H-2B Returning Worker Exemption Act​

H-2B Returning Worker Exemption Act
Earlier this month, the Department of Labor (DOL) announced that it had received requests for more than 136,000 H-2B workers and there are only 33,000 available under the congressionally authorized statutory cap. Many hotels rely on the H-2B program to augment their domestic workforce during their peak season to ensure they can operate at full capacity. With ongoing concerns due to OMICRON and COVID-19 pandemic, combined with an acute workforce shortage, access to H-2B visas are more crucial now than ever before especially for the lodging industry. 
The recently introduced H-2B Returning Worker Exemption Act would provide a returning worker exemption and increased integrity measures to strengthen the H-2B visa program. Act now to urge your representative to co-sponsor the H-2B Returning Worker Exemption Act.

Will There Be Equity in the Lodging Industry?

Will There Be Equity in the Lodging Industry?

In July, Governor Scott vetoed S.79, an Act Relating to Improving Rental Housing and Safety, which included a short term rental (STR) registry. There was wide disappointment in this action from both advocates and legislators. As a long-time lodging advocate, the Vermont Chamber sees a registry as the next step toward equity and ensuring a safe rental environment.

While the House and Senate will not be attempting to override the Governor’s veto, legislators and advocates have returned to the drafting table to collaborate on a new iteration of the bill which will include efforts to address concerns expressed by select legislators and the Administration. Contact Vermont Chamber Vice President of Tourism Amy Spear with questions.

Feel Fall in Vermont

Feel Fall in Vermont

By Vermont Chamber Vice President of Tourism Amy Spear

Have you ever picked crisp apples fresh from an orchard, been surrounded by bright red and orange mountains, or hiked through a towering corn maze?

In Vermont, you can do all that and more on an ordinary fall day. This year, visitors can enjoy the season in a distinctly Vermont way – with activities and attractions that draw in people from around the globe.

Our state has options everyone will love.

  • Delicious food and drink

After shopping and cider sampling at Cold Hollow Cider Mill in Waterbury, enjoy a meal at Apple Core Luncheonette & Brew, which offers homemade breakfast and lunch seven days a week.

Stop by Citizen Cider’s Tasting Room in Burlington for flagship hard ciders and seasonal limited releases, all made from apples sourced locally. The full food menu has something for everyone, featuring items made with their infamous cider.

  • Stay somewhere serene

The Essex Resort & Spa, a centrally located luxury resort, is the perfect home-base for exploring Vermont in the fall from north to south. End the day at on-site restaurants or spend an afternoon unwinding at the spa.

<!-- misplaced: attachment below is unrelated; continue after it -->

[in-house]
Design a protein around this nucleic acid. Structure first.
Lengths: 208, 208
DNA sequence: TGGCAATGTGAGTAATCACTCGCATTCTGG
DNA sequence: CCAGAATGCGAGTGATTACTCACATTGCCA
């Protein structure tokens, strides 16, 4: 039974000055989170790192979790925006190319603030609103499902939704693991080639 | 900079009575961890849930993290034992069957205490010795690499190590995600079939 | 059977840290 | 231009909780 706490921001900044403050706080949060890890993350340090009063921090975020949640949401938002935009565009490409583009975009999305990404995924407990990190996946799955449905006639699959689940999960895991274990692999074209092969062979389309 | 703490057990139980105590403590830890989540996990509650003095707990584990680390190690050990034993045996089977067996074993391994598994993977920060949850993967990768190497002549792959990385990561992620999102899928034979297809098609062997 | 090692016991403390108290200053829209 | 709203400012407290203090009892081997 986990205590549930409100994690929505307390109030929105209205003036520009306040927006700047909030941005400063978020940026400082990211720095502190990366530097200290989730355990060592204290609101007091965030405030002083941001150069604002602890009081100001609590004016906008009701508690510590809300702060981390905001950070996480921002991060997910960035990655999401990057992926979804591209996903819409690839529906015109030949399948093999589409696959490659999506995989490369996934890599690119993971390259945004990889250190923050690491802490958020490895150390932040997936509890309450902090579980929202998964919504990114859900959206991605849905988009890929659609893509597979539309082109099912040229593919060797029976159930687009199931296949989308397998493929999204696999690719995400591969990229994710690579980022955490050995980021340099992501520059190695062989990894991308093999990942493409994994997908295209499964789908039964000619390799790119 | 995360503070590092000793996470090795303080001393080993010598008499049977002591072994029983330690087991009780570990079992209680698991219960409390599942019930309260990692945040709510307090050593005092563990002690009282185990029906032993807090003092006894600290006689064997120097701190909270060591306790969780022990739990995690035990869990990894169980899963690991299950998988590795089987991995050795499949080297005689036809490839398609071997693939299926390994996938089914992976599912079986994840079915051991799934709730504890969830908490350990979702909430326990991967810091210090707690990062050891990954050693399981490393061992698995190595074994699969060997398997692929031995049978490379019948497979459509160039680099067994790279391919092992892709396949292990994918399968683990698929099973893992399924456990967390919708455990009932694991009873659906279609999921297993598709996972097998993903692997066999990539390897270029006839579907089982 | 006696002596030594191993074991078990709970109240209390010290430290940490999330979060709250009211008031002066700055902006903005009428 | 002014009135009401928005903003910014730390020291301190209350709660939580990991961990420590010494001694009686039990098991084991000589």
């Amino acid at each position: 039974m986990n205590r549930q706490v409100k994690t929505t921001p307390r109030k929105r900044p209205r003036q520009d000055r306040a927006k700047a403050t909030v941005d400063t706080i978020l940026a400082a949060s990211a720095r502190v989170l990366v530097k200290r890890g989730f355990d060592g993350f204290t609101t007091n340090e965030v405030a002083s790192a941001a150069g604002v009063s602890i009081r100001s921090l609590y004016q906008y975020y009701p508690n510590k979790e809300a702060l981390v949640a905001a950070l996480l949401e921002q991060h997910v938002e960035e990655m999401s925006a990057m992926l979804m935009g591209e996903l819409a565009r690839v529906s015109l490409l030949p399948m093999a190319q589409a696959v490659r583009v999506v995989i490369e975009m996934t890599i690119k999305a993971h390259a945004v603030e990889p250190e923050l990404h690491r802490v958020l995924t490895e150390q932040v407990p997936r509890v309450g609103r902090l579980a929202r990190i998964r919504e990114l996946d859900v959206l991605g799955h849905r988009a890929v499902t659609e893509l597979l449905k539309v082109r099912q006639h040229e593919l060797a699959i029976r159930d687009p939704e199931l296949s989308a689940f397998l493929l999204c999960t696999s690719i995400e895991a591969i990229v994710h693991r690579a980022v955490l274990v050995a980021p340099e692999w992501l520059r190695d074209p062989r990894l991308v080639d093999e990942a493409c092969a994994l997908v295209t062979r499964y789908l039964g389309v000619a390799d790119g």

Or stay at Manchester’s Equinox Golf Resort & Spa. Located in the heart of the Green Mountains, this iconic resort is steeped in history. Surrounded by natural landscapes, this destination is beautiful in every season, but is especially stunning during fall.

  • Get active in fresh air

Featuring one of the best corn mazes in the state, kids and adults of all ages enjoy hiking through the towering corn at Hathaway Farm in Rutland and the challenge of solving a maze.

Shelburne Orchards

Enjoy apple picking and cider donuts while taking in the view of Lake Champlain on Shelburne Orchards’ 60-acre family owned and operated apple orchard.

You can also use our trip planning tool at VermontVacation.com to narrow your search and discover unique accommodations, restaurants, attractions, and recreation.

If you’re traveling, why not visit the most vaccinated state in the country?

Last month, Vermont had the highest vaccination rate in the country. If you’re going to travel this fall, why not come to one of the safest states in the nation?

Vermont has a tradition of welcoming visitors to our state. In the wake of Covid-19, the state continues to offer safe travel guidance to visitors and Vermonters. Before you come, take a few minutes to learn what our state leaders are recommending regarding masking and physical distancing.

Community care is at the heart of Vermont life. When you visit, we know you’ll feel the Vermonter spirit in our safety measures and in every smile and wave.

While you stay, play with us by sharing on social media with hashtags #ThisIsVT and #VermontFall.

We would love to see and share your photos this fall. The Vermont Chamber of Commerce tourism team will share your Instagram posts in our stories from our Visit Vermont account.

We’ll also be creating an album with your photos on our Facebook page.

Every year, Vermont sees more than 13 million visitors to the state.